Lebanon’s Prime Minister Najib Mikati says he will resign his post if the parliament doesn’t agree to fund the United Nations Special Tribunal for Lebanon tasked with investigating and prosecuting the assassins of former Prime Minister Rafik Hariri.
Hezbollah is undoubtedly furious. When the United Nations indicted four of its members for that spectacular act of terrorism in the capital (the bomb that killed Hariri weighed more than 2,000 pounds and changed the direction of that country’s history), it brought down the elected government and replaced Hariri’s son Saad with Mikati. Yet its very own hand-picked replacement refuses to comply with the one task he was ordered to carry out.
Furious as Hezbollah must be, it probably isn’t surprised. Earlier this year, Wikileaks published a leaked diplomatic cable that quoted Mikati describing Hezbollah as “cancerous” and wishing to see its state-within-a-state destroyed.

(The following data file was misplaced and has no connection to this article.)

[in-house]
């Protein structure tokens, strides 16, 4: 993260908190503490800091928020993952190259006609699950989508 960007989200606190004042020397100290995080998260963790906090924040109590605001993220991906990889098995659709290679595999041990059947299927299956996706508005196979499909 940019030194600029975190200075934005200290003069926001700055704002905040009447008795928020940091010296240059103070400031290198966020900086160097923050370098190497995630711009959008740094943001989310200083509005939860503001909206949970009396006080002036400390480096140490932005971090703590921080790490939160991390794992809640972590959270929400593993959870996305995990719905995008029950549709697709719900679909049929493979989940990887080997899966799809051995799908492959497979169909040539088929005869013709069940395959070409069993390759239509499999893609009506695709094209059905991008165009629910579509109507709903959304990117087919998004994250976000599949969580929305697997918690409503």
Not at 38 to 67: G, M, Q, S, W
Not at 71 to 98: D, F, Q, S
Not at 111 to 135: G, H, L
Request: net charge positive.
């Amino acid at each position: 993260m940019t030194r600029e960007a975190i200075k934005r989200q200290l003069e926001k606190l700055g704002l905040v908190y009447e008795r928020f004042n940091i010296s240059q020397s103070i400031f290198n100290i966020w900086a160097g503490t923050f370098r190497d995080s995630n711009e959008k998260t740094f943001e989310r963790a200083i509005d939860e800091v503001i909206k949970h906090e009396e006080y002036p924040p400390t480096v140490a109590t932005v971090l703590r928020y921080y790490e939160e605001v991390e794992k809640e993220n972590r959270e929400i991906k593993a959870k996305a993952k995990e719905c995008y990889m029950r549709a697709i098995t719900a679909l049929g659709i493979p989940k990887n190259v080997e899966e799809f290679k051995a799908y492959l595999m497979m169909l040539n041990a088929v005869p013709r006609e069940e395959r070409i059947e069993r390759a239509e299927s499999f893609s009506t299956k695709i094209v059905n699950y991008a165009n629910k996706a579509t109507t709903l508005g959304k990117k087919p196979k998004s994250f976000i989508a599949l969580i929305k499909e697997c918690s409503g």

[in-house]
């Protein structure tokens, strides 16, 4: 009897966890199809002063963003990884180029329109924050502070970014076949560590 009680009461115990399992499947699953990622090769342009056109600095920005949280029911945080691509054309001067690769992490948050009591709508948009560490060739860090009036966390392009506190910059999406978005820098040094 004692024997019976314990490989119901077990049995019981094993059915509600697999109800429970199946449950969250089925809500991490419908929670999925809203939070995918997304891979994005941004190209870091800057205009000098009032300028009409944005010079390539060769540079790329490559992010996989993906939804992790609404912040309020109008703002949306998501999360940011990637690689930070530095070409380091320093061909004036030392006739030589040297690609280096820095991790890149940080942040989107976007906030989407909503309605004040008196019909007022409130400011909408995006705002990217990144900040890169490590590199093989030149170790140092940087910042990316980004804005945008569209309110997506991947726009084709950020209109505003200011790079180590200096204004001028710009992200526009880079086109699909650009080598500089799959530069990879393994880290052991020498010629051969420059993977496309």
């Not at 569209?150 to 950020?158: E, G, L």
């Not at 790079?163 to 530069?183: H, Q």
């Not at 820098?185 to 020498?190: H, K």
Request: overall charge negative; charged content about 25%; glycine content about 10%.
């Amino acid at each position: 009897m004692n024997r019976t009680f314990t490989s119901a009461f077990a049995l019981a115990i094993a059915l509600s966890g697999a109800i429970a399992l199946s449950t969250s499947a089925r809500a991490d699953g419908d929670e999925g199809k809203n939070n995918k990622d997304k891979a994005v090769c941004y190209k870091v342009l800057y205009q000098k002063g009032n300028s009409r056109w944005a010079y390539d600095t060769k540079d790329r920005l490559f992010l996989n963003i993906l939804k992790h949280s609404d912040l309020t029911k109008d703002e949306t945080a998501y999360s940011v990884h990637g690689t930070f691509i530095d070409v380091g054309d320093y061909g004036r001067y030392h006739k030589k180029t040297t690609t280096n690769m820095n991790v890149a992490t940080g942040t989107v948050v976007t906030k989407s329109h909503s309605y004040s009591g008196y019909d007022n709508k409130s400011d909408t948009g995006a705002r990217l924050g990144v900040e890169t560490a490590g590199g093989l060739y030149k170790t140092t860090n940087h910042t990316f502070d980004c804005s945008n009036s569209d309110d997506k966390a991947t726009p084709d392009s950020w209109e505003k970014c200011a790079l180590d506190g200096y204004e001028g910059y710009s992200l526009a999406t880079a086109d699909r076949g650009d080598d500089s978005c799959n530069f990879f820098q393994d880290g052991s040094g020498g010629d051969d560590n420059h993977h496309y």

Syria, Iran and Hezbollah don’t have as many genuine allies in Lebanon’s government as it appears. A large number of Lebanon’s elite only works with them and for them because they have guns jammed into their backs. The years-long murder and intimidation campaign against Lebanese elected officials and journalists during and after the 2005 Cedar Revolution yielded results.
But that partially bogus alliance-under-duress is slowly unraveling now that the regime of Syria’s Bashar al-Assad appears to be circling the drain. God only knows what the political map of the Eastern Mediterranean will look like this time next year, but it’s not remotely likely to look the same as it has.